Average time over 1000 trials of underscore._.flatten: 4.63e-04 sec
(time for underscore._)/(time for matplotlib.cbook) = 18.1233394636
16

Following seem simplest to me:

>>> import numpy as np
>>> l = [[1, 2, 3], [4, 5, 6], [7], [8, 9]]
>>> print (np.concatenate(l))
[1 2 3 4 5 6 7 8 9]
1
  • Doesn't work for lists with different dimensions. -1 – nurub Jan 20 '20 at 16:33
13

One can also use NumPy's flat:

import numpy as np
list(np.array(l).flat)

Edit 11/02/2016: Only works when sublists have identical dimensions.

1
  • would that be the optimal solution ? – RetroCode Sep 22 '16 at 20:08
10

I personally find it hard to remember all the modules that needed to be imported. Thus I tend to use a simple method, even though I don't know how its performance is compared to other answers.

If you just want to flatten nested lists, then the following will do the job:

def flatten(lst):
    for item in lst:
        if isinstance(item, list):
            yield from flatten(item)
        else:
            yield item

# test case:
a =[0, [], "fun", [1, 2, 3], [4, [5], 6], 3, [7], [8, 9]]
list(flatten(a))
# output 
# [0, 'fun', 1, 2, 3, 4, 5, 6, 3, 7, 8, 9]

However, if you want to flatten a list of iterables (list and/or tuples), it can also do the job with a slight modification:

from collections.abc import Iterable
def flatten(lst):
    for item in lst:
        if isinstance(item,Iterable) and not isinstance(item,str):
            yield from flatten(item)
        else:
            yield item

# test case:
a =[0, [], "fun", (1, 2, 3), [4, [5], (6)], 3, [7], [8, 9]]
list(flatten(a))
# output: 
# [0, 'fun', 1, 2, 3, 4, 5, 6, 3, 7, 8, 9]
1
  • 3
    I like this one, it works no matter how many dimensions the list has. – YJiqdAdwTifMxGR Dec 22 '20 at 21:52
8

you can use list extend method, it shows to be the fastest:

flat_list = []
for sublist in l:
    flat_list.extend(sublist)

performance:

import functools
import itertools
import numpy
import operator
import perfplot



def functools_reduce_iconcat(a):
    return functools.reduce(operator.iconcat, a, [])


def itertools_chain(a):
    return list(itertools.chain.from_iterable(a))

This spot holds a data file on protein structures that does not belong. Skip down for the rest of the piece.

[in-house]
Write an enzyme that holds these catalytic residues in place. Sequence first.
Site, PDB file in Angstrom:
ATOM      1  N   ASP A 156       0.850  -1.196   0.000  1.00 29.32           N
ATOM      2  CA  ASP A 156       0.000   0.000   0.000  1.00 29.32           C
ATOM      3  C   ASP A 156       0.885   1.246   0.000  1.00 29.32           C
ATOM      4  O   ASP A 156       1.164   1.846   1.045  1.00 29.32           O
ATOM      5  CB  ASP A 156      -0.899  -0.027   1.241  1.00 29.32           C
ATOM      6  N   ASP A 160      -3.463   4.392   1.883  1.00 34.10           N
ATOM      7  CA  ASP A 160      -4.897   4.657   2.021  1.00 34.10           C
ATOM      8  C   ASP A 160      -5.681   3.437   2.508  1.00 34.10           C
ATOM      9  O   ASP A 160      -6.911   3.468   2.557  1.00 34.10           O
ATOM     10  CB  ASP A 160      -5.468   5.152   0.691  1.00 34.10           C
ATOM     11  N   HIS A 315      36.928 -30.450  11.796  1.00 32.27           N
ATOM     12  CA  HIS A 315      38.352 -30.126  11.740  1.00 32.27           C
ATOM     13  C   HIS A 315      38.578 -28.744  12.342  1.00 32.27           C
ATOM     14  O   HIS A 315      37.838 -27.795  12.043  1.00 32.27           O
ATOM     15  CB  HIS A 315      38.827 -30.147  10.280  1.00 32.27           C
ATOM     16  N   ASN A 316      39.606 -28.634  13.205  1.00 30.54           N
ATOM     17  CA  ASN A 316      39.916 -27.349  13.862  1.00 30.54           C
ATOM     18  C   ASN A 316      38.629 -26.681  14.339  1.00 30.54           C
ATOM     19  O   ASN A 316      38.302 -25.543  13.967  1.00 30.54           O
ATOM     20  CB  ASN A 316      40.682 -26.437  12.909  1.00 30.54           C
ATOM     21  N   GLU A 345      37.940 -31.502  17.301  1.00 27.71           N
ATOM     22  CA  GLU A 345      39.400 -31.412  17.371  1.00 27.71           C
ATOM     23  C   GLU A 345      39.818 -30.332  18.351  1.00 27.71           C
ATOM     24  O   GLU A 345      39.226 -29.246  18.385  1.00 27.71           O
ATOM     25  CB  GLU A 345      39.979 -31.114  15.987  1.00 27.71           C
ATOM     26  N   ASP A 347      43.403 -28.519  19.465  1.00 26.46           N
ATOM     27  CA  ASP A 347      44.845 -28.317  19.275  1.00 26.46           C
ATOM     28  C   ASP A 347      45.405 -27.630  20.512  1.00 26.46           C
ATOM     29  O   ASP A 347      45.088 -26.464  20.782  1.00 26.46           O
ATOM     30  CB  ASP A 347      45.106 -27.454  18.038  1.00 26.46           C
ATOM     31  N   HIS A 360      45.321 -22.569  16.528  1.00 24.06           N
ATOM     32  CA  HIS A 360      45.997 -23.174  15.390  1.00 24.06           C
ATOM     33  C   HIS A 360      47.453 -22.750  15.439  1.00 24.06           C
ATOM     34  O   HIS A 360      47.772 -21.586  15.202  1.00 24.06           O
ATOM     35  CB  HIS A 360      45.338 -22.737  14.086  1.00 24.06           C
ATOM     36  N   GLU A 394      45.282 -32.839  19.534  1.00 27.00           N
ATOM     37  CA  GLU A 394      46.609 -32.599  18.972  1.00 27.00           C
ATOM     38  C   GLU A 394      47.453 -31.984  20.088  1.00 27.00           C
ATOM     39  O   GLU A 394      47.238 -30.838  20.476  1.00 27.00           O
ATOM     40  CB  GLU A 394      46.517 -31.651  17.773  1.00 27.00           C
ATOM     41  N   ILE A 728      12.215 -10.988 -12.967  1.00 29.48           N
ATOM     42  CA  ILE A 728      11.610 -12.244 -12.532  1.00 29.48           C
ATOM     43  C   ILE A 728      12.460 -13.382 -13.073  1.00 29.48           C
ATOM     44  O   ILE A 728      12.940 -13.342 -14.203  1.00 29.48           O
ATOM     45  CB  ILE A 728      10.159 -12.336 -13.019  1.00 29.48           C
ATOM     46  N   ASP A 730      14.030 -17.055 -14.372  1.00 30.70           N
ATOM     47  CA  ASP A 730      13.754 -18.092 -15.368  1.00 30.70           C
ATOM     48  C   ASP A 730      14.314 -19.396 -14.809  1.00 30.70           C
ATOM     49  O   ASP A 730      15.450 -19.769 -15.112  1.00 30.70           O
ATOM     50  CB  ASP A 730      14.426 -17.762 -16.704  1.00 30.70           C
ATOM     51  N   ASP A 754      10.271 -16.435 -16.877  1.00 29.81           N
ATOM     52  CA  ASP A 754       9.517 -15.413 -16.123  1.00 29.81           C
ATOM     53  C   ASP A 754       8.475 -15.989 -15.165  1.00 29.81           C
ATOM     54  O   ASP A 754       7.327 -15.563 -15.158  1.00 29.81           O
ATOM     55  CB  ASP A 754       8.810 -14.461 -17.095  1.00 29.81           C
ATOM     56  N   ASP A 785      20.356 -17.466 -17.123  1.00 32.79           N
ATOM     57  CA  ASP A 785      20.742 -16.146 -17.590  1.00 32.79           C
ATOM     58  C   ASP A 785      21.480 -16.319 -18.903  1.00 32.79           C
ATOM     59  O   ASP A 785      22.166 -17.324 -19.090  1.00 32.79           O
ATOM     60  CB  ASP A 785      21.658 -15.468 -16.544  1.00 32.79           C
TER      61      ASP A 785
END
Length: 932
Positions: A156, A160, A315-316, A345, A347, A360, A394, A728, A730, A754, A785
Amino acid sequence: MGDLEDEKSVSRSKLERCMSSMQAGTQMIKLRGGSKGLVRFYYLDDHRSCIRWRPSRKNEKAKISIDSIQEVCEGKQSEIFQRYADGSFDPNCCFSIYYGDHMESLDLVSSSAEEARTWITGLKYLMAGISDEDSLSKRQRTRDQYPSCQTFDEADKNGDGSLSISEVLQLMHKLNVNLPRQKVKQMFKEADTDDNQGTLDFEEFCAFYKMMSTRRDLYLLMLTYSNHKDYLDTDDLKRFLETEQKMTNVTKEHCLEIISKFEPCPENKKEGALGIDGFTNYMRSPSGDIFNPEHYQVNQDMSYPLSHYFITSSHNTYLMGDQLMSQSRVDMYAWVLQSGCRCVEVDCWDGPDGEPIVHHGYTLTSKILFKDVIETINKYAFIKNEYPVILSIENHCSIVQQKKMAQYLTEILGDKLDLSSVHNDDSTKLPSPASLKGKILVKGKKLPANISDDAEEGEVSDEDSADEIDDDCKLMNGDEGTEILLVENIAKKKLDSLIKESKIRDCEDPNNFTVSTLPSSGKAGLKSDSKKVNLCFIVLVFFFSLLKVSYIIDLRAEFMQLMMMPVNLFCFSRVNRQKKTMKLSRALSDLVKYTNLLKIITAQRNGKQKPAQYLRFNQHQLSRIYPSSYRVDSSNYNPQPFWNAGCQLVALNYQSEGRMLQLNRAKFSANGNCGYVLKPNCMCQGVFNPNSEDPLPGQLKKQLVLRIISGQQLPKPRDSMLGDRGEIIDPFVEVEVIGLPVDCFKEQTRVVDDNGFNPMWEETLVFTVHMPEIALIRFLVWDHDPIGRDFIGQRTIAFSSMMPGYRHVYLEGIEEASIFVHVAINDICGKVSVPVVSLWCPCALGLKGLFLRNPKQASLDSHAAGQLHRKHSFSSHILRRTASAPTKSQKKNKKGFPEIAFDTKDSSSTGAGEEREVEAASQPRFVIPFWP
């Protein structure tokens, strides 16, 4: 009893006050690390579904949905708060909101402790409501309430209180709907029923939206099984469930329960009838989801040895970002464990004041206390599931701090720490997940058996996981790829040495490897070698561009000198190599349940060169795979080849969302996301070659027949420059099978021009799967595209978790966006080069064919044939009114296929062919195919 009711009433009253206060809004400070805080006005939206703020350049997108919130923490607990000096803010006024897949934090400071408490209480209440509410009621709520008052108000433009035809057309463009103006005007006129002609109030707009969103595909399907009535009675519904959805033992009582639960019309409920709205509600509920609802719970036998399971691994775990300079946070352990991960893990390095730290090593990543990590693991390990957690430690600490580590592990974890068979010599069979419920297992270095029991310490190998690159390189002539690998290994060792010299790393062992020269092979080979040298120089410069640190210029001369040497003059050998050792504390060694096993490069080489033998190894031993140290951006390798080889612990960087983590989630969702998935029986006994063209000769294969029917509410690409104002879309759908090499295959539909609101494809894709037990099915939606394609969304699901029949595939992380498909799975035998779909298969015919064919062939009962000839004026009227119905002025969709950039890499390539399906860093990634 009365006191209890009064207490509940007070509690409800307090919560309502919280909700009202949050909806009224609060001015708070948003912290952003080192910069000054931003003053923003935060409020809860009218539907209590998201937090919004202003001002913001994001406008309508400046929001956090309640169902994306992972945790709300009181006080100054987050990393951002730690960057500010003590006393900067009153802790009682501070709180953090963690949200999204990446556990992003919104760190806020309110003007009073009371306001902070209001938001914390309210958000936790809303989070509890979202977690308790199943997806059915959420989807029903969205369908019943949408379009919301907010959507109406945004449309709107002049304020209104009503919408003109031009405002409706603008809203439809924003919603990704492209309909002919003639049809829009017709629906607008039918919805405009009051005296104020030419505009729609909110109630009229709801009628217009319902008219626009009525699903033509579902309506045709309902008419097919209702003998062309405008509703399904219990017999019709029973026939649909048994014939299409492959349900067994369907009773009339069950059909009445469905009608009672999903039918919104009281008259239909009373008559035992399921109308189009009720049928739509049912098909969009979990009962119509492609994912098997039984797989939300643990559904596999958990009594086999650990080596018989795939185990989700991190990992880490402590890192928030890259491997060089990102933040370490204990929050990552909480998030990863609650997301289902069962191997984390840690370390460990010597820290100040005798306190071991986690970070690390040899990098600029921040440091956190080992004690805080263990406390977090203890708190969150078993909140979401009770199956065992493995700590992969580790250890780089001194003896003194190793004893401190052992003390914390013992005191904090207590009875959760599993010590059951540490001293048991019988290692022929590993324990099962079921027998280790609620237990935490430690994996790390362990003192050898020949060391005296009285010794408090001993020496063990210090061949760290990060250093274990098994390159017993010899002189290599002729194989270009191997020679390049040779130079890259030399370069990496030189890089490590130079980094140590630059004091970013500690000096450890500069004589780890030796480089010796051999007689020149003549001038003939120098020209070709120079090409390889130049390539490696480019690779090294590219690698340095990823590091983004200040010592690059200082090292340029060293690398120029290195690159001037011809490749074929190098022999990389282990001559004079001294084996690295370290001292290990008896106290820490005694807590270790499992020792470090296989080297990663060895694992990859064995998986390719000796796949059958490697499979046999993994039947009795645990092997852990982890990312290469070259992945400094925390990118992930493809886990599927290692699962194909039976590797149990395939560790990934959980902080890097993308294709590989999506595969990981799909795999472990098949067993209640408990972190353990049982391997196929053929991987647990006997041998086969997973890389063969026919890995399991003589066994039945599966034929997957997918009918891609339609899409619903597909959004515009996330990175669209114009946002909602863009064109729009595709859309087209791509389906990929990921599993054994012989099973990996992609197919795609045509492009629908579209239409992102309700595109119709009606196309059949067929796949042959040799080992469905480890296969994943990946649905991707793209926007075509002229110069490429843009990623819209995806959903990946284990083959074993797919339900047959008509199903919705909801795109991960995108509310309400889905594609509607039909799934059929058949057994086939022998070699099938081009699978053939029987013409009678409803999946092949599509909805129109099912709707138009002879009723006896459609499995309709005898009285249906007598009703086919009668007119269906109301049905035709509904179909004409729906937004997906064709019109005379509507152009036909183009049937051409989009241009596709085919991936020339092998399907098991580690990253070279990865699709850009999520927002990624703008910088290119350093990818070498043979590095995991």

def numpy_flat(a):
    return list(numpy.array(a).flat)


def extend(a):
    n = []

    list(map(n.extend, a))

    return n 


perfplot.show(
    setup=lambda n: [list(range(10))] * n,
    kernels=[
        functools_reduce_iconcat, extend,itertools_chain, numpy_flat
        ],
    n_range=[2**k for k in range(16)],
    xlabel='num lists',
    )

output: enter image description here

0
8

This is a play on the original poster's code. (He wasn't far off)

f = []
list(map(f.extend, l))
1
  • This is the one. Works for number and strings. Does not require numpy, which is not really relevant here. This is closest to the OP's try. – peter_v Jun 13 at 18:22
7
from nltk import flatten

l = [[1, 2, 3], [4, 5, 6], [7], [8, 9]]
flatten(l)

The advantage of this solution over most others here is that if you have a list like:

l = [1, [2, 3], [4, 5, 6], [7], [8, 9]]

while most other solutions throw an error this solution handles them.

1
  • The question states a "list of lists", but your example list includes a non-list item. Most other solutions are sticking to the original question. Your solution solves a wider problem, but it also requires a non-base Python package (nltk) that must be installed first. – simonobo Apr 14 '20 at 8:55
6

Note: Below applies to Python 3.3+ because it uses yield_from. six is also a third-party package, though it is stable. Alternately, you could use sys.version.


In the case of obj = [[1, 2,], [3, 4], [5, 6]], all of the solutions here are good, including list comprehension and itertools.chain.from_iterable.

However, consider this slightly more complex case:

>>> obj = [[1, 2, 3], [4, 5], 6, 'abc', [7], [8, [9, 10]]]

There are several problems here:

  • One element, 6, is just a scalar; it's not iterable, so the above routes will fail here.